What is the best business model for your business? The answer is, it depends. A good starting point is to understand the basic archetypes as well as the options you can consider for revenue model, cost structure, channel strategy, etc. associated with each archetypes. Honestly, business model selection is more a design art than anything else. It is more than likely that your business model at any given point in the evolution of your business will be a hybrid of conventional and emerging business model “standards”.
The truth is that you will be adjusting or even completely revamping your business model at the get go as you begin to listen to real customers and test your offering in the market. I don’t know of anyone who has gotten it right at the outset. Ultimately, the best business model for your software business is the one that resonates with the market at any given point in time. Tuning your business model to the market is a tricky thing, especially if you are a startup given that your business will be evolving much faster than a mature company.
It is not uncommon for companies to use all three monetization models or create a blend of the software business model archetypes. Salesforce.com is a great example of a company that has done this from a business model perspective. They are widely known as a SaaS company, but from the beginning, they took on some of the attributes of what we typically see in Software as a Product companies, which is the development of their own proprietary software product. As I mentioned earlier, it is not always the case that a SaaS provider actually develops the software that it delivers as a service.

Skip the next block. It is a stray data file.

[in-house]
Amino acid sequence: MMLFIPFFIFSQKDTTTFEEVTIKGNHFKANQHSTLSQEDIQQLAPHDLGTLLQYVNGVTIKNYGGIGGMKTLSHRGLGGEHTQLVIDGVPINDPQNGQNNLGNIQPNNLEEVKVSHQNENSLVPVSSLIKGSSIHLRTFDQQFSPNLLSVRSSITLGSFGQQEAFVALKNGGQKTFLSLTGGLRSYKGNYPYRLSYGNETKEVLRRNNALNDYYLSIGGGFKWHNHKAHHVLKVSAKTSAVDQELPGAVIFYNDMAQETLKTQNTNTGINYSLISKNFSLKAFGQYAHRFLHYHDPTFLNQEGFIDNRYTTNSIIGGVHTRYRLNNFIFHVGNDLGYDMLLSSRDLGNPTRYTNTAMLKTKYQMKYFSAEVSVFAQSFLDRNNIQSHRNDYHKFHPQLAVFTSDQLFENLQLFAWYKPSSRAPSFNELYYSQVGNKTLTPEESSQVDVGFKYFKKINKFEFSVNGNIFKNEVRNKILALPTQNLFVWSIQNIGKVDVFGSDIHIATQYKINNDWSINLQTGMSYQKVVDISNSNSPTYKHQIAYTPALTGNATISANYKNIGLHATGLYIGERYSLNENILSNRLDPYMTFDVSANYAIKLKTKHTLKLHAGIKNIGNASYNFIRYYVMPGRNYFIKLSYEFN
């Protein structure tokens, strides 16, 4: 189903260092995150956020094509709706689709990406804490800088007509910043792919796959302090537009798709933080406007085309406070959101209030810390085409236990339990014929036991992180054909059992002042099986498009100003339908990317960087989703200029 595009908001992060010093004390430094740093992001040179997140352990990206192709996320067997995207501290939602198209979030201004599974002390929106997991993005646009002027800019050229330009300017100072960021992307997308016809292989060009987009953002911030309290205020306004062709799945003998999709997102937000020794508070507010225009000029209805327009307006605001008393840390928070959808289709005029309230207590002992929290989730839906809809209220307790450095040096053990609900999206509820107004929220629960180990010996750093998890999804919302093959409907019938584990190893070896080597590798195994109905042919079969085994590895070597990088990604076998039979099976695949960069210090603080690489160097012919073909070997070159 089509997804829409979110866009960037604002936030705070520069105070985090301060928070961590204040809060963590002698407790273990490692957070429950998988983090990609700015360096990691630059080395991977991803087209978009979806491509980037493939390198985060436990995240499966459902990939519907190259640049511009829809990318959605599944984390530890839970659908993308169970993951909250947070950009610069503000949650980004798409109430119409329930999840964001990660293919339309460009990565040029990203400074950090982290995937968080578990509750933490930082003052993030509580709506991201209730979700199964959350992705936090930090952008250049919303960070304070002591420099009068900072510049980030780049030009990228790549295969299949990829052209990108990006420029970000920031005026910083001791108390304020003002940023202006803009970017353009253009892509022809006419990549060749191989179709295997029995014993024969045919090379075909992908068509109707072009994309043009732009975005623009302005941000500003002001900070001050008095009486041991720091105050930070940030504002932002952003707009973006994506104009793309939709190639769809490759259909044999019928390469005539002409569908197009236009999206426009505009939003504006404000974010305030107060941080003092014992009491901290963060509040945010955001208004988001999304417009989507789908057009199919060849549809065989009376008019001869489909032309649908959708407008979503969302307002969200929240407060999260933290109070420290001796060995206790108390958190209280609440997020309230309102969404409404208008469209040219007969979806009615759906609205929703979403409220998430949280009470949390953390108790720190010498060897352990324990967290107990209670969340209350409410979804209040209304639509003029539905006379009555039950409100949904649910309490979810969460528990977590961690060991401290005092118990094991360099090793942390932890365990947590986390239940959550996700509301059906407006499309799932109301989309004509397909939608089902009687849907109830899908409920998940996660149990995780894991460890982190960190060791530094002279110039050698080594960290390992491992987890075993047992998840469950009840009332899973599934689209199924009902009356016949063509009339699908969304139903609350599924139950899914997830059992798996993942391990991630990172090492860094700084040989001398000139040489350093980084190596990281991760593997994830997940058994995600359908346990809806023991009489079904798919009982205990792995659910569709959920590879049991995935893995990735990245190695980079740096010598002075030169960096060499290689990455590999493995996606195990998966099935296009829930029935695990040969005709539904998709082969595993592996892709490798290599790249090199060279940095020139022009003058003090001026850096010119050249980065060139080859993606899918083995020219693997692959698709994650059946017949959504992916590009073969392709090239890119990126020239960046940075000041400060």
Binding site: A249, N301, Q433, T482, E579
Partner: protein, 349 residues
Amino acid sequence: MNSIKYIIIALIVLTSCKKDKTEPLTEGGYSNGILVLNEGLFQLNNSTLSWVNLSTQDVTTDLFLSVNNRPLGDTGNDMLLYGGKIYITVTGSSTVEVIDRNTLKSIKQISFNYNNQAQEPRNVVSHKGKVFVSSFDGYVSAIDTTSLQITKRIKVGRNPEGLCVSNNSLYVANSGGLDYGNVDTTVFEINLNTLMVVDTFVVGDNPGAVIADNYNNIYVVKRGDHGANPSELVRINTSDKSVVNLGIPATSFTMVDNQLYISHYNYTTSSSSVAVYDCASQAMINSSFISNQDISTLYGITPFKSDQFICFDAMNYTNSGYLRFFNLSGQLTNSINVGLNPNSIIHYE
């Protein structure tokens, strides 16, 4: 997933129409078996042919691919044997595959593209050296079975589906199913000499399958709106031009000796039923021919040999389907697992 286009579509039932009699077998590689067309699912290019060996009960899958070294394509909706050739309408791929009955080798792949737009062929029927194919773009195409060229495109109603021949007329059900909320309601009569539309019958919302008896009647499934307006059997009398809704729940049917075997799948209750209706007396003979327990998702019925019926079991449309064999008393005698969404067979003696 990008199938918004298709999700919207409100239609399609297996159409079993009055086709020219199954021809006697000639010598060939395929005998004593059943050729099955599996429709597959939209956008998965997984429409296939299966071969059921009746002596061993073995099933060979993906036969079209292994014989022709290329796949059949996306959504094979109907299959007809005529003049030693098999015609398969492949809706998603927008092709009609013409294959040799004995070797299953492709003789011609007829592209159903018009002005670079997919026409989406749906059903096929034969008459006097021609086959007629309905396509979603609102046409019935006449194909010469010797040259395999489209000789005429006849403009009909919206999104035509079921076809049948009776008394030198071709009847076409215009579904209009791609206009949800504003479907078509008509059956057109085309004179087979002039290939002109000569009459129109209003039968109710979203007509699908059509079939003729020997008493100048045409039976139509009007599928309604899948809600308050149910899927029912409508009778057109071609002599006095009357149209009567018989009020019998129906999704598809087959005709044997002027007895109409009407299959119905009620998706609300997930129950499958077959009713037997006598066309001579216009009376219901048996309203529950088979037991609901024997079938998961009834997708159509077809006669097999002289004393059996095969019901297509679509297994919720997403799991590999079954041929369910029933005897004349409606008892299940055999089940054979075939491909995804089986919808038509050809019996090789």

Many SaaS players deliver 3rd party software as a cloud-based service. This has implications on the cost structure and the resource requirements of a business. More recently, cloud service providers such as AWS have increasingly take the open source support business model and blended it with the more conventional SaaS and SaaP business models for their AI and IoT business segments. This is allowing large players such as Azure and AWS to take what are considered open technologies and create walled software platform gardens to lock their enterprise customers in.
Partnerships & Platforms
The bottom line about partnerships and platforms – it’s mostly about business acceleration and scaling. These days you hear a lot about ecosystem this and ecosystem that in the software industry. Most software companies are just ecosystem participants. They can merely state their position and don’t have the gravity to do much about it. Like any industry ecosystem there are only a small number of ecosystem leaders.